The M5 Stuart Project - Rigging the Electronics

  WARNING: This stuff worked for me, but I can't guarantee it'll work for you. If you decide to start hacking your tank, be aware that you can really screw it up if you're not careful or if you don't understand what you're doing! I can't (and won't) be held responsible for your actions!  

  The Stuart's receiver board is the large board just below the speaker in this picture. The board consists of the RF receiver and decoder for the control signals. The signals are delivered to the power and drive board via flex cable.

The 22 pin IC labeled PT8A991AP is an RF decoder IC. The pins which drive each function are labeled in this picture (click for larger image). I removed the decoder and reinstalled it in a DIP socket to allow me to experiment. Note that applying Vcc (~5v) to the labeled pins initiates the associated function.

There is one function in the decoder chipset that the Stuart doesn't use (Turbo) and the MG fire is only a sound effect. Therefore, the unused Turbo function and the MG fire can be used to raise & lower the marker with one servo. The existing cannon 'fire' can be used to fire the paintball marker with another servo. The upgrade consists of adding a PIC microcontroller circuit that will drive the two servos (elevate & fire) from the existing decoder. The schematic is shown. Click the link, save the image, and reopen it to see it full size.


The PIC microcontroller takes three inputs from the Stuart's receiver and translates those inputs into servo movements. I tested the code with three servos (Futaba, Hitec, and Tower Hobbies) I had on hand but I won't guarantee it'll work with just any servos. You may need to experiment. The source code was written and compiled in BASIC using Celestial Horizon's CH Basic Flash Edition Compiler. It's available from Reynolds Electronics. The raw BASIC source is provided via the link at right.

BASIC Source Code

The assembly code was turned into HEX and tested using Microchip's MPLAB IDE with integrated simulator. Finally, the code was flashed to the PIC using a homemade programmer called NOPPP. It's cheap and works great! The 16F84A PIC is available from Digikey.
Assembled HEX Code

A few modifications to the transmitter & receiver are required. First the transmitter. A pushbutton switch needs to be added to initiate the unused function. I decided to move 'fire' from the existing button to the new button and make the old 'fire' button move the marker down. I installed a small normally open pushbutton just below the right drive 'stick' on the face of the transmitter where I could reach it with my thumb.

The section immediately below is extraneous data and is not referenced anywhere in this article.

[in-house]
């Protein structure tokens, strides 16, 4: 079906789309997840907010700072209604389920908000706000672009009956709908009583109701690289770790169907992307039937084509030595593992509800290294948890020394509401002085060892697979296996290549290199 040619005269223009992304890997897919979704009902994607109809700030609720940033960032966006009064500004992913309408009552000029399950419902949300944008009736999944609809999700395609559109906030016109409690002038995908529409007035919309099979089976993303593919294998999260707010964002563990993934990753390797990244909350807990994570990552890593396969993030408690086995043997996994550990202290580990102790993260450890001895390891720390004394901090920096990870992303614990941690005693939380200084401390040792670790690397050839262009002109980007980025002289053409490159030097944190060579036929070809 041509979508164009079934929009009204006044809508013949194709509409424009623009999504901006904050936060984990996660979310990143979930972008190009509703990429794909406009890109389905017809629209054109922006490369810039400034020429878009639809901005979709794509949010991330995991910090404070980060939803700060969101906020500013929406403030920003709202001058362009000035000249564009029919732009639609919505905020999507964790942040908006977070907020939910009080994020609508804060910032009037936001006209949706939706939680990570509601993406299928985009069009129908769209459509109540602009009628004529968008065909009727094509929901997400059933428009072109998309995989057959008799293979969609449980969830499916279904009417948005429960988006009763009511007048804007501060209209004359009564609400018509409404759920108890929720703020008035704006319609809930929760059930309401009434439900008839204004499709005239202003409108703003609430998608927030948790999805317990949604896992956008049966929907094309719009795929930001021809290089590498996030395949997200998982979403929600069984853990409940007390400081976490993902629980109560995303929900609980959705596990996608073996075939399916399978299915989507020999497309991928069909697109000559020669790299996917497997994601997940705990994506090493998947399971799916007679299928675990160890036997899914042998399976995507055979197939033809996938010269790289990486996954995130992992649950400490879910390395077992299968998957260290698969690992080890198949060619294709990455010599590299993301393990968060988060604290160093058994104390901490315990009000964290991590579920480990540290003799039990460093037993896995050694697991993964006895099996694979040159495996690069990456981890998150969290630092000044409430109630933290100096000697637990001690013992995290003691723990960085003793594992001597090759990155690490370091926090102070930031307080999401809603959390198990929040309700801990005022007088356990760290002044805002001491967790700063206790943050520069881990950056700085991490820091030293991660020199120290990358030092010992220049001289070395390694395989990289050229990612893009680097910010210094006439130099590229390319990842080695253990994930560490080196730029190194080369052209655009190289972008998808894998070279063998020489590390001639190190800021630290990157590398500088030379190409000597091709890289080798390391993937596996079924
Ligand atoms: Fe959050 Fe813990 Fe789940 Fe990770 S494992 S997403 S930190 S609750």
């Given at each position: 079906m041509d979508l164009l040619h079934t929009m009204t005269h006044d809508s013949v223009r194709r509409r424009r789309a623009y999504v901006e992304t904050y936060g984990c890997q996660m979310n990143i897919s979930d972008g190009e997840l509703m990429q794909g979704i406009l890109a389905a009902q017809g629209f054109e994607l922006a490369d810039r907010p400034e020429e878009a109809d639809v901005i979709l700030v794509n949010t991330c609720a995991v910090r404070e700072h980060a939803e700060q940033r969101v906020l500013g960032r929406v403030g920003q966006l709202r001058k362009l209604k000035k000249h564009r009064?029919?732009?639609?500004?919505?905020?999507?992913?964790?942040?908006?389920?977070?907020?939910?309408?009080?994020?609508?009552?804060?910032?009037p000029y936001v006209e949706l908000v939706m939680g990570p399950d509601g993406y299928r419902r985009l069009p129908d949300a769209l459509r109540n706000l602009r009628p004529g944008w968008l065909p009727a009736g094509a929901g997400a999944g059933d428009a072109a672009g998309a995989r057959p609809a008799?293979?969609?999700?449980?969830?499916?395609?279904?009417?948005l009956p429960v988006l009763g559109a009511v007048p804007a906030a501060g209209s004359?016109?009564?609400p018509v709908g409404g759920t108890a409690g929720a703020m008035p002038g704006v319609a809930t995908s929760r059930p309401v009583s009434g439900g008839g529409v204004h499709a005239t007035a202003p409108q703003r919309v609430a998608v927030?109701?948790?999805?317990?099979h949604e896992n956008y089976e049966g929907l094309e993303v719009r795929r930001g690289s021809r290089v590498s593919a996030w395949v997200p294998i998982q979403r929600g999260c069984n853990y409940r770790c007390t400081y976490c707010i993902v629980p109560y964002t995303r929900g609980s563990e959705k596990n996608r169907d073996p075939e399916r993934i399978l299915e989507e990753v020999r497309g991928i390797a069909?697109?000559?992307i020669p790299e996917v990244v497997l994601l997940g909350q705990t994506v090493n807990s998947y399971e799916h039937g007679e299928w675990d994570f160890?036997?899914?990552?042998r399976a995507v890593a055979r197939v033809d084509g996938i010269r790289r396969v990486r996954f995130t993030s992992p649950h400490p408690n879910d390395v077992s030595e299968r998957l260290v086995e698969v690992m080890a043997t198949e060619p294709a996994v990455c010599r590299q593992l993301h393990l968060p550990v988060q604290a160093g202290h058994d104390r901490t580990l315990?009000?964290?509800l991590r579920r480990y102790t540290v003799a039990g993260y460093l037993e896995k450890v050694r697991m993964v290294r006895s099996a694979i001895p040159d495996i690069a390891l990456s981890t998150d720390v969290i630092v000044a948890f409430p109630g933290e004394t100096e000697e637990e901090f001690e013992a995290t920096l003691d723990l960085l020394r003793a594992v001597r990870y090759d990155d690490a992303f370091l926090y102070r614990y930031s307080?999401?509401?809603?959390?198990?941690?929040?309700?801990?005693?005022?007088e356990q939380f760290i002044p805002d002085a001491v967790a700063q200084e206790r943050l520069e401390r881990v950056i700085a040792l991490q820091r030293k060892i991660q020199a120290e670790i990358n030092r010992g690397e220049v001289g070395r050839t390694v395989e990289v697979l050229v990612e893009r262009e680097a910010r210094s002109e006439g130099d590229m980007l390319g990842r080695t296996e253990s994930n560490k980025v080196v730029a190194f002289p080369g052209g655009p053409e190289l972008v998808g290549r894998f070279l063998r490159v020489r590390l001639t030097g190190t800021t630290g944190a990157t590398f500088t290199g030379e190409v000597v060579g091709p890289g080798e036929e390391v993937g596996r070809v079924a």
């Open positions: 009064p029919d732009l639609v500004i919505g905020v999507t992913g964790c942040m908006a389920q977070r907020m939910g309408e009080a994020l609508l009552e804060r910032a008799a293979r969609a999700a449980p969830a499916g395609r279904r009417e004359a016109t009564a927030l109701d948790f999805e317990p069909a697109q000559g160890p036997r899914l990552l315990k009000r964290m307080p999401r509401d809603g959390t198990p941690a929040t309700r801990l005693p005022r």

Here's the view inside. The new pushbutton connects to IC1 pin 11 (fire) and to pin 3 which is ground. The PT8A990AP encoder uses 'lows' to initiate the functions.

A couple of PCB traces are cut (carefully with a dremel tool or exacto knife) to enable use of the TURBO function and to reroute the 'fire' switch. Capacitor C1 is removed and a jumper is added between the TURBO pin and SW6 to create the new marker 'down' button from the old 'fire' button on the transmitter.

Here's a view of the opposite side of the board showing the capacitor to remove. That's it for the transmitter mods that are required. The transmitter must be reassembled carefully to get the sticks & stick springs back in the right orientation so the sticks will work.

Now for the receiver. I only cut one trace as outlined in the photo. This was to disable the 'kickback' when the cannon fires to improve accuracy of the paintball shots. Otherwise, the wires are simply connected directly from the PIC to the applicable pins of the PT8A991 decoder. 12V and ground is available from the 2nd and 3rd wires of the ribbon cable on the right of the photo.

This is a shot of the complete PIC 16F84A controller. Simple breadboard construction. I used a short piece of 8 conductor stranded wire to go from the PIC up to the turret through the hole in the center of the turret drive gear.

Here's a shot of the PIC controller along with the receiver board. It works like a charm! I would probably reroute the receiver antenna and tidy things up if I was going to leave things as-is. Otherwise, that's about all there is to it